COVID-19 vaccine authorized and recommended for children ages 5-11; where and how to get your child vaccinated

COVID-19 vaccine authorized and recommended for children ages 5-11

Families may breathe a little easier now that the Food and Drug Administration (FDA) has authorized, and the Centers for Disease Control and Prevention (CDC) has recommended, the Pfizer COVID-19 vaccine for use in children ages 5 to 11. The decision comes after research showing that the vaccine is safe and effective at preventing disease in this age group.

“Many people think children don’t get COVID-19 or get only very mild cases. That’s a myth. The disease can be very dangerous for kids,” said Andrew Pavia, MD, chief of the Division of Pediatric Infectious Diseases at University of Utah Health and Director of Hospital Epidemiology at Intermountain Primary Children’s Hospital.

Take a look at the COVID-19 numbers:

  • Utah
    • 600 children ages 5-11 have been hospitalized with severe symptoms from COVID-19
    • 2 children have died from COVID-19
    • More than 100 kids have developed Multisystem Inflammatory Syndrome in Children (MIS-C), which can cause dangerous inflammation of the heart, lungs, kidneys, brain, skin, eyes, or gastrointestinal organs
    • Roughly 7 out of 100 children who overcome the disease will go on to have long-COVID symptoms like fatigue, muscle and joint pain, insomnia, headache, and heart palpitations lasting 12 weeks or longer after the infection
  • Nationally
    • About 8,300 children ages 5-11 have been hospitalized
    • 720 people age 18 and younger have died

“The benefits of this vaccine far outweigh the risks for children,” said Dr. Pavia.

Safe and effective

Research has shown that kids who are fully immunized with two doses of the Pfizer vaccine are 10 times less likely to become infected with COVID-19 than kids who are not immunized. There have been no serious reactions reported to date.

The United States has an excellent system for identifying complications from vaccines. This system includes pediatricians, family doctors, state health departments, and the best experts in the country. They work 365 days a year to ensure that any red flags are caught early. “We don’t take anything for granted. We are continually looking at vaccine safety,” said Dr. Pavia.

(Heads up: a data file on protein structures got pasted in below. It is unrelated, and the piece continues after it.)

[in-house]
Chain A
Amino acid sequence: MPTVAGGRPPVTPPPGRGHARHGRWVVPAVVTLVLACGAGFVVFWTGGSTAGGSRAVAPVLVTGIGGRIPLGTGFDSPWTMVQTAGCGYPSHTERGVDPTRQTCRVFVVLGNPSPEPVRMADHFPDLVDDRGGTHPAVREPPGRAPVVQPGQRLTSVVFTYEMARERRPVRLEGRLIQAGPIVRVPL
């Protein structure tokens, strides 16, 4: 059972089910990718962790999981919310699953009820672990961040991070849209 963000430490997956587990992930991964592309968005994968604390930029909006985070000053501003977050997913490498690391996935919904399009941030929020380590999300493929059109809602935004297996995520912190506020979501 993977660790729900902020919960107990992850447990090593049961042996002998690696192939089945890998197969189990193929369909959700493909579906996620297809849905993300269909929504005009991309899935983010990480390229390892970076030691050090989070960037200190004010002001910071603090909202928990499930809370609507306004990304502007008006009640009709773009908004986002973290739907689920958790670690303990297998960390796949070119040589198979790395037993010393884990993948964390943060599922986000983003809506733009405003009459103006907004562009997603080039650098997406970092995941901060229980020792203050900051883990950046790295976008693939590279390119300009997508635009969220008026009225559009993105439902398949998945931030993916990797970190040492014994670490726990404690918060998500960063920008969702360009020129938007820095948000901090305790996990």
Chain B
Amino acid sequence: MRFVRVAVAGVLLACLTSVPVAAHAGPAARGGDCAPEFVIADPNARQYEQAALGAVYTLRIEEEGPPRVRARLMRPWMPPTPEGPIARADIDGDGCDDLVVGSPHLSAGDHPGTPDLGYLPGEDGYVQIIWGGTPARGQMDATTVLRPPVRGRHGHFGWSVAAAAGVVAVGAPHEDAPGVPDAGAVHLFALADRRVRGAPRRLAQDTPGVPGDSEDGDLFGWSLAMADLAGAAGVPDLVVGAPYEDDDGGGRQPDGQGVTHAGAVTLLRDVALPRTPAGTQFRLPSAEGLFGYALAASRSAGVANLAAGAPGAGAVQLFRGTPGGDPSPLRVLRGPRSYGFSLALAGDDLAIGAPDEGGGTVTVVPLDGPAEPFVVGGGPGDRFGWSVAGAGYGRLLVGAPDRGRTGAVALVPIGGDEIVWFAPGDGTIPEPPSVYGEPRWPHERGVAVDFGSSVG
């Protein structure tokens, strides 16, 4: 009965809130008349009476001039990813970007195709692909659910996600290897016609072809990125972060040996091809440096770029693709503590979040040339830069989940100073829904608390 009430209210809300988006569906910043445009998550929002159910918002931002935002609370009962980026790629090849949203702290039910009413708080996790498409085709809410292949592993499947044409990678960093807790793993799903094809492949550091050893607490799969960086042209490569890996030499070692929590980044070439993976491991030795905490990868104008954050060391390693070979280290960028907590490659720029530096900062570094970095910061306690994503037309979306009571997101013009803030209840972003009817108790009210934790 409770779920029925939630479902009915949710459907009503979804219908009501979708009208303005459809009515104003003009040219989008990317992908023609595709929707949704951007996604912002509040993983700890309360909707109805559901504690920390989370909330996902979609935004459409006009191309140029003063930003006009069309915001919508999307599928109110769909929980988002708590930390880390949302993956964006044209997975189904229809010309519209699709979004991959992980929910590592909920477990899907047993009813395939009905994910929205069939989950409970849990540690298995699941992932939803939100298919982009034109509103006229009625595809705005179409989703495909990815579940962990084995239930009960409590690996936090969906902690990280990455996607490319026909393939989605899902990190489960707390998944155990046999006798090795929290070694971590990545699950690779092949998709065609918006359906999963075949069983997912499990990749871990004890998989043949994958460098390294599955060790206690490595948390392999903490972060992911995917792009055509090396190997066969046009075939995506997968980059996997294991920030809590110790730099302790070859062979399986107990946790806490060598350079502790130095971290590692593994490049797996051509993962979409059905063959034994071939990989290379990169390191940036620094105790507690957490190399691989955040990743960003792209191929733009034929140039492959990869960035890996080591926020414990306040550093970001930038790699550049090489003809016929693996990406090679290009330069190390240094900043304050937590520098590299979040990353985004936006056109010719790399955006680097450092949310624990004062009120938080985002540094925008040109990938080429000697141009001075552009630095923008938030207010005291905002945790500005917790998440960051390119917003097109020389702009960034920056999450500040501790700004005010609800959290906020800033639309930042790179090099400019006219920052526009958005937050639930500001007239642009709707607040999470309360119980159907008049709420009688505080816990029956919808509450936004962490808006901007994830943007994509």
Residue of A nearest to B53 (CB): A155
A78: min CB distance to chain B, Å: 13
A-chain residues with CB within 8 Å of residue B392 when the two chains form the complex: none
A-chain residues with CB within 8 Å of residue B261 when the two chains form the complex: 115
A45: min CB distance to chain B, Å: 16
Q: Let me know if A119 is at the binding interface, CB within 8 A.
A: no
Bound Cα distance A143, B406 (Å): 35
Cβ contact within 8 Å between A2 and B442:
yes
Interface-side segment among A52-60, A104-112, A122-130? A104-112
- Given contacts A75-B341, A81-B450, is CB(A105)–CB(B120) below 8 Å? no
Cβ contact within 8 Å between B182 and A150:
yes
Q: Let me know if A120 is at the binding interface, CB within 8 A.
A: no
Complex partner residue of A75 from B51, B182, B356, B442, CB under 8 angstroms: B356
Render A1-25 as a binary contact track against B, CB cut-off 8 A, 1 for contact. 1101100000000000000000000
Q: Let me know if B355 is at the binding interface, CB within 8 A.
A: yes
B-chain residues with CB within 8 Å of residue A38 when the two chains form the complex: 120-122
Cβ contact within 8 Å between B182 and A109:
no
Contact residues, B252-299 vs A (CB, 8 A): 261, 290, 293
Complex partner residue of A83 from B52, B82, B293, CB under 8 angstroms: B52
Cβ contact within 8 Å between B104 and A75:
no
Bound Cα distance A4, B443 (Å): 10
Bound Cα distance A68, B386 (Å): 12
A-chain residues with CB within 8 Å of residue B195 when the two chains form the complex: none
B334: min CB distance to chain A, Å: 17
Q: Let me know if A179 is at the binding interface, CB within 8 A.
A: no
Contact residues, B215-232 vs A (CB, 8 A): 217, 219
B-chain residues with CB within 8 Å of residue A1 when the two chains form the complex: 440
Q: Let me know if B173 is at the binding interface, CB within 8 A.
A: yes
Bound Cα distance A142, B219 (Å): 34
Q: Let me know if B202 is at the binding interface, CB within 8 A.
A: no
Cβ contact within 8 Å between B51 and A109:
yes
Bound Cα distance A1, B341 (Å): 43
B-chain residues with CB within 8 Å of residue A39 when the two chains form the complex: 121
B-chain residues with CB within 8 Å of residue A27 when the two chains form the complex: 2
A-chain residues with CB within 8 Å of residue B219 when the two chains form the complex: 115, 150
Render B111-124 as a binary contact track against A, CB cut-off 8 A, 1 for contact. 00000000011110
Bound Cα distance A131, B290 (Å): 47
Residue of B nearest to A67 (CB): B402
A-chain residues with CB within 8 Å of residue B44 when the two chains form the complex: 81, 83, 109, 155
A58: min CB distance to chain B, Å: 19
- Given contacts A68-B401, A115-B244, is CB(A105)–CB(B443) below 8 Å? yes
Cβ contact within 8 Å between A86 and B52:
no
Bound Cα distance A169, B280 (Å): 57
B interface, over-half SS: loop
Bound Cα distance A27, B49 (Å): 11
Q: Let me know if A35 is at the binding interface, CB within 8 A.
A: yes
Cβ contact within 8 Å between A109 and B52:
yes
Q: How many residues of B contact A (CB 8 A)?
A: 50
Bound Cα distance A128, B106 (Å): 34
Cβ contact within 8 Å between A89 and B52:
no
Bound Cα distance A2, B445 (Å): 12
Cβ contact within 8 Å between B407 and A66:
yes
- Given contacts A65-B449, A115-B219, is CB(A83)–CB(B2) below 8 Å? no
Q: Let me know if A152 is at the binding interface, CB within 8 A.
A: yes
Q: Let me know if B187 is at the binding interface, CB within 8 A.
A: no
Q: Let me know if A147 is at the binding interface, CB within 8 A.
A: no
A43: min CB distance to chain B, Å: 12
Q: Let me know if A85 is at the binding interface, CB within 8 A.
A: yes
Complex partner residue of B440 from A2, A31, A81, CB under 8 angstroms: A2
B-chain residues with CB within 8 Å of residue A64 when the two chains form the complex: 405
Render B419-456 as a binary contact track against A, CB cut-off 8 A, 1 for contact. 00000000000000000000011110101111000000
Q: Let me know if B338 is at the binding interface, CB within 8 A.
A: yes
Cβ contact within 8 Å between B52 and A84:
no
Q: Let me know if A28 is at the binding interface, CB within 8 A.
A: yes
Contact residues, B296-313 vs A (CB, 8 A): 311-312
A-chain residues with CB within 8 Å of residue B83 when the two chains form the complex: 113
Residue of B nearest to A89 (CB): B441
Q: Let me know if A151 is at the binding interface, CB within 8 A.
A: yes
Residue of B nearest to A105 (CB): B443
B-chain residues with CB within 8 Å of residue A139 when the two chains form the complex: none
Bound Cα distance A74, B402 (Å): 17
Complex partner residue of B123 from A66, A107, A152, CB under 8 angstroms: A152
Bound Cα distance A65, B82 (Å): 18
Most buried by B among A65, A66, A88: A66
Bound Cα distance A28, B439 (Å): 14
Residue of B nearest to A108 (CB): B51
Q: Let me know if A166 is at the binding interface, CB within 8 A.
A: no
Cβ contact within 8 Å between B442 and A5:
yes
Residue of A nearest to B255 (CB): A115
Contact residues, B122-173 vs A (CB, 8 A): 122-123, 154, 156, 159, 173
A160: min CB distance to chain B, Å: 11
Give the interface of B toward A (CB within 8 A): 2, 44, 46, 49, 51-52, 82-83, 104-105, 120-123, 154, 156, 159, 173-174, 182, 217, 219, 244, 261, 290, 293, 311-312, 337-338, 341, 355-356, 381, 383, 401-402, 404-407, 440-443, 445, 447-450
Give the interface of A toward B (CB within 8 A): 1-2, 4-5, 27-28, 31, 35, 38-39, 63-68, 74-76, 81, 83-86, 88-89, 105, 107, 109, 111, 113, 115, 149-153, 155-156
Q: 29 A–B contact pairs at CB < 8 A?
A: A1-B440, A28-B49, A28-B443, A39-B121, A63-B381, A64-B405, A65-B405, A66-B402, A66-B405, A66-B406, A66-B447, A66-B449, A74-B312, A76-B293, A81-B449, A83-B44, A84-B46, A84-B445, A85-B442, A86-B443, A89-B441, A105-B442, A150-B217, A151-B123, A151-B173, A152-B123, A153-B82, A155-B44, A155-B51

He also pointed out that serious reactions or complications – if they happen at all – usually show up in the first couple weeks after vaccination. With almost a year of history with these vaccines being given to millions of individuals, we have a good understanding of their safety profile, including rare problems.

Side effects

Side effects among kids are similar to those seen in adults: redness and soreness at the injection site. Swollen lymph nodes, fever, and chills can also occur, but so far these seem to happen less often among younger kids. It's okay to take acetaminophen or ibuprofen to relieve symptoms. Remember, these symptoms are a sign that children and teenagers, like most adults, have immune systems that are responding well to the vaccine. There were no cases of severe allergic reactions or heart problems among the children studied in the 5-11 age group.

When and where can kids get the vaccine?

COVID vaccines are available to pediatric patients ages 5-11 in select Intermountain Medical Group clinics as well as Primary Children’s Hospital’s Community Pharmacy and at the hospital’s Shot Spot walk-in clinic at its Eccles Outpatient Building (first floor). Access Intermountain pediatric vaccine locations here.

You can also find other vaccine locations on the website.

Children with medical conditions

For most kids with chronic illness or underlying medical conditions, it’s even more important to get the vaccine because often they are more likely to develop severe illness if infected with COVID-19, said Dr. Pavia. Children who have a medical condition (cancer, obesity, diabetes, lung disease, organ transplant, etc.) should get the vaccine. This is because they are more likely to develop severe illness if they get COVID-19.

Children with medical conditions are not more likely to have a severe reaction to the vaccine. However, for some, their “immunity boost” from the vaccine may not be as strong as it would be in a child with a healthy immune system. (This is why we need the majority of people in our communities to be vaccinated—to create a protective barrier around those with weaker immune systems.)

For more information

Dr. Pavia suggests all parents reach out to their child’s pediatrician, family doctor, specialist, or healthcare team to discuss the COVID-19 vaccine. They are the experts families trust most.

Also visit Primary Children’s Hospital’s COVID-19 vaccine site for more answers to common questions and how to best protect your child, or access a printable version.